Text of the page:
There are few events in the world quite like the Carerra Panamericana... if any. Covering nearly 1,000 miles on public roads in a race that spans an entire week, and wrought of classic rally cars, Mexico stands home to an event all its own. It comes as no surprise then, that Dorian Valenzuela - of DV Mechanics - set out to race it himself. To do so, however, requires a car. While his garage is far from empty, like us, he rarely turns down an excuse or opportunity to add to the stable.
It's not even that Dorian wanted a Giulia in particular - he's got at least one, if not a few others, and it's even particularly well-suited for a cross-country race. However, one could argue that his Giulia street car is simply too nice to be tossed through the roads of Mexico, leading him to purchase this '69 Giulia Super 2L. As a qualifier, it's startling, because a simple look at this gorgeous blue race car will show that it's likely nicer that anything you or I own. For Dorian, it's perfectly suited for abuse.
The car itself was originally built by racing driver Simon Braithwaite in Birmingham, England. The project started right as Dorian was building his beige Giulia street car, and the two often shared notes and parts over the years as the cars came together in unison, although on separate continents. In some ways, it's fate that the car would eventually land in Dorian's hands.
Simon, a car collector himself, also owns a Lotus 11 and a Mk1 Ford Escort Cosworth. Splitting his available track time between three cars proved to be a real challenge, and his affinity for the British cars outshined his reverence for the Italian steed, leading him to sell it. Dorian found the car by sheer chance, amongst a slew of internet searches for Giulia race cars as he pondered whether or not to convert his own car over to use for race duty. Although equipped with the parts, knowledge, and talent to build a track & Carrera Panamericana-capable Giulia of his own, the price of the blue sedan was too good to pass up.
Once in Dorian's hands, he scoured the car, establishing what all had been done, what was missing, and what the car needed before race day. Luckily, Dorian refers to Simon as a meticulous engineer, having built the Giulia to FIA rules, and having done a lovely job at that. While an OMP Vintage seat makes room for a passenger, the driver finds themselves hugged by an OMP halo bucket seat to abide by the FIA's regulation. A fire suppression system has been routed throughout with the safety button situated along a motorsport dash panel. With all of the safety measures already addressed, and to such a high level, it begins to become clear what drew Dorian to this opportunity.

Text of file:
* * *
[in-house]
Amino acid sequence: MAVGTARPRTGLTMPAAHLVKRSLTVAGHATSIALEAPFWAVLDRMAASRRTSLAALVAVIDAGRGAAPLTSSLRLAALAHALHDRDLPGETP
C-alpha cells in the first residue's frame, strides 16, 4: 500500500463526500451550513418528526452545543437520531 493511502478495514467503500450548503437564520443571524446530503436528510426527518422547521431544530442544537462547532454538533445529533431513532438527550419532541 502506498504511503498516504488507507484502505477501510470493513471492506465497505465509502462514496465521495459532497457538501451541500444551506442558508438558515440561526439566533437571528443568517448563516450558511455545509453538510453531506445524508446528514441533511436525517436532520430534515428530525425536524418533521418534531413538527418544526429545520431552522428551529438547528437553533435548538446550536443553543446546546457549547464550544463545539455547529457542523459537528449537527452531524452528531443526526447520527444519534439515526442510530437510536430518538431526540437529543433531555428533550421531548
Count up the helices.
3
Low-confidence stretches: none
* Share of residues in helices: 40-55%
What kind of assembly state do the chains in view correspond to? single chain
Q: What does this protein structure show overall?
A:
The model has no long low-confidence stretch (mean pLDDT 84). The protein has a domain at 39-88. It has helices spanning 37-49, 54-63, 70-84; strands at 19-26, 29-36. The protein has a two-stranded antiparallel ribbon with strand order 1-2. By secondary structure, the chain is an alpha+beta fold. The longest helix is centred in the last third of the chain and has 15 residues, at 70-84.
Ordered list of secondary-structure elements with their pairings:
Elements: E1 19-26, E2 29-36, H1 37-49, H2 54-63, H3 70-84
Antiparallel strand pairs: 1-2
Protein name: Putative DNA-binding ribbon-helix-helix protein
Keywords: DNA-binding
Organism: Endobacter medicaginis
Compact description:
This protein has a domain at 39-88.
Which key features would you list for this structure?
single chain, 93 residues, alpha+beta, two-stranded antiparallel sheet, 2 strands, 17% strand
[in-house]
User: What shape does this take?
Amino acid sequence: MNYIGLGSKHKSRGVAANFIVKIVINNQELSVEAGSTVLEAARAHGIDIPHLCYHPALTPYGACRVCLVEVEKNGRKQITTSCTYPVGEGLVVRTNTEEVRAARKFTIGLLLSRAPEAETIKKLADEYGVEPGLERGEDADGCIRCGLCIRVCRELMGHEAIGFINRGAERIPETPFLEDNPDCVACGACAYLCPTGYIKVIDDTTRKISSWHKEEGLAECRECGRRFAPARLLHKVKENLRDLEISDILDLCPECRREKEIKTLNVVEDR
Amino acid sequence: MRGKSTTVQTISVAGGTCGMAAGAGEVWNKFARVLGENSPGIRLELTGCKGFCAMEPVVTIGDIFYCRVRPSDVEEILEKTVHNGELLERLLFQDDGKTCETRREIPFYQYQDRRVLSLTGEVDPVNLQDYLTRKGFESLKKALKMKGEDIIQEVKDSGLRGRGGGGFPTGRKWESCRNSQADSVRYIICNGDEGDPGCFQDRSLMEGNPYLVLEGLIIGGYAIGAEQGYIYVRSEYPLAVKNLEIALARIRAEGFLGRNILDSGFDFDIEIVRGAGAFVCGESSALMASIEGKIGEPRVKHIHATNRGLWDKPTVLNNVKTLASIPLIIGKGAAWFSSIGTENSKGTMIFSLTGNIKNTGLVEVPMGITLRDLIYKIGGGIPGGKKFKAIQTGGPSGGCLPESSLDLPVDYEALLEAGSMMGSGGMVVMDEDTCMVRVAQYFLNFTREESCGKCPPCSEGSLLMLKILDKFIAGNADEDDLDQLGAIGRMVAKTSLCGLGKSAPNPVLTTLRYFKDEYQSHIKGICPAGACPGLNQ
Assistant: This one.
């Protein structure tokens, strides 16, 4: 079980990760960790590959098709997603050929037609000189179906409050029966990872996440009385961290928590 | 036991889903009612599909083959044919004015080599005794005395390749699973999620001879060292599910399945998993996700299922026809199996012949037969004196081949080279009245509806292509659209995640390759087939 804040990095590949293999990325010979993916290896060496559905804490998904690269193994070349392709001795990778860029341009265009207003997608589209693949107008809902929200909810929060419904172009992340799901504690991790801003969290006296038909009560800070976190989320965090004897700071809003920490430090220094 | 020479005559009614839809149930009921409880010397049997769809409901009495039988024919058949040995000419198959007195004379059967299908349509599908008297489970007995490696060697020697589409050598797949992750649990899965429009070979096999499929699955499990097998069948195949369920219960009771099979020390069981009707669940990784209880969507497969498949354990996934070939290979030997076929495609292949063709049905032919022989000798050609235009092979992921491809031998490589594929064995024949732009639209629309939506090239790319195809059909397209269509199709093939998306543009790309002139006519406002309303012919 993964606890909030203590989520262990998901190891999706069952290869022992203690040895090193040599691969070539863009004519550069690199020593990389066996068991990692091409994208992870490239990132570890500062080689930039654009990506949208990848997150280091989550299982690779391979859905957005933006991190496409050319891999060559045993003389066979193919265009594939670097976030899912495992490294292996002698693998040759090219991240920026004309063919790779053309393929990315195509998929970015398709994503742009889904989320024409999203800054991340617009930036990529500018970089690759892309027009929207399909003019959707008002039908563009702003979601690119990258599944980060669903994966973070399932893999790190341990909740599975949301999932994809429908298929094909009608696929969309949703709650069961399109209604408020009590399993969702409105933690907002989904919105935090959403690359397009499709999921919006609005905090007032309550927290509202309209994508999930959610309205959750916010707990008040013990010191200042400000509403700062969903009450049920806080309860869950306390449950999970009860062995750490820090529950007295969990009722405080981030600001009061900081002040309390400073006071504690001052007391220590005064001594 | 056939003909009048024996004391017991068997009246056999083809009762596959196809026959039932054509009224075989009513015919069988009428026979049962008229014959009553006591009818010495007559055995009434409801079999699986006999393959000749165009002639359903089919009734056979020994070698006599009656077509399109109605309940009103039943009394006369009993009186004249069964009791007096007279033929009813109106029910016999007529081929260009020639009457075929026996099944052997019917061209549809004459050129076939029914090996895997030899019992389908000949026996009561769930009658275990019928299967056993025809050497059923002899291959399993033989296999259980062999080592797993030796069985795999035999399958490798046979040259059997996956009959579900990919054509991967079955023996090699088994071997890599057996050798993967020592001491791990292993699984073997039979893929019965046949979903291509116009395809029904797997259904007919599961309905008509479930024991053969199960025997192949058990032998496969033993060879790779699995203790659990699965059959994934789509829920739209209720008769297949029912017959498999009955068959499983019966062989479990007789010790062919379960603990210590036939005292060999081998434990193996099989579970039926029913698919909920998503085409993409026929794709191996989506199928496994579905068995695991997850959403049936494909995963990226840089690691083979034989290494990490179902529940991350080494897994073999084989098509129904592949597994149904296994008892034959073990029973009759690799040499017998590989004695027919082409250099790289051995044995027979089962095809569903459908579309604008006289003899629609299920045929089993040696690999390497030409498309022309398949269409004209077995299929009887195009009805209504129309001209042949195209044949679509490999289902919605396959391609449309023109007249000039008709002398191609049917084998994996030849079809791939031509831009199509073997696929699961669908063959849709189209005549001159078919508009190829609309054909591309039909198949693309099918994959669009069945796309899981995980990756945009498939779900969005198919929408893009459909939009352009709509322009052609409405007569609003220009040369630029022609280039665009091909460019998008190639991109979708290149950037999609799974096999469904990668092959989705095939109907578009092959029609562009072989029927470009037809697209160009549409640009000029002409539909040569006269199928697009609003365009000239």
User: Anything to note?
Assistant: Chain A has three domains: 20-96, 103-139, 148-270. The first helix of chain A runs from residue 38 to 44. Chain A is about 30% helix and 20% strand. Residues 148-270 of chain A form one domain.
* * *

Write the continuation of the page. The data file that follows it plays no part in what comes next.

Once the initial shock has worn off a bit and you're able to take in some of the details of the race car that stands before you, you begin to realize how much time has gone into such a machine. Along the front bumper, through some of the double skinned panels in the interior, and even across the US license plate holder, drilled holes help to shed weight wherever possible. Springs and hood pins follow the rules and give the car a retro motorsport appearance that has been backed up by the white number circles that grace the light blue paint.
A Tilton pedal box and reservoir setup ensure that the driver will remain in precise control in the most important moments and the entire system has been cleanly routed through the car to ensure continue reliability in the case of an unexpected excursion in the dirt.
Although the Giulia had been raced successfully by Simon in years passed, and although the car was built to an incredible standard, Dorian is known for his perfectionist ways, and his constant quest for improvement. The suspension of his own street car was superior in design, meaning in the coming months, Dorian will be duplicating the underpinnings for use on the new racer to further improve the geometry underneath. With his greatest talents lying in the realm of electrical work, he's begun to build a complete electrical harness, front to rear, as he needs working lighting and instruments. Last but not least, there's of course what happens under the hood too. In his shop, Dorian is building a higher compression motor which will run on race fuel - used at local tracks for race weekends - while an additional motor specifically for the Carrera Panamericana will be built, ideal for the pump gas he's sure to find in the depths of Mexico.
Clearly, there's much to be done to the already seemingly-flawless '69 Giulia. But once you see Dorian Valezuela's street car, you'll probably understand why. DV Mechanics strives for a degree of perfection unfamiliar to most, and luckily for us, it yields builds like these.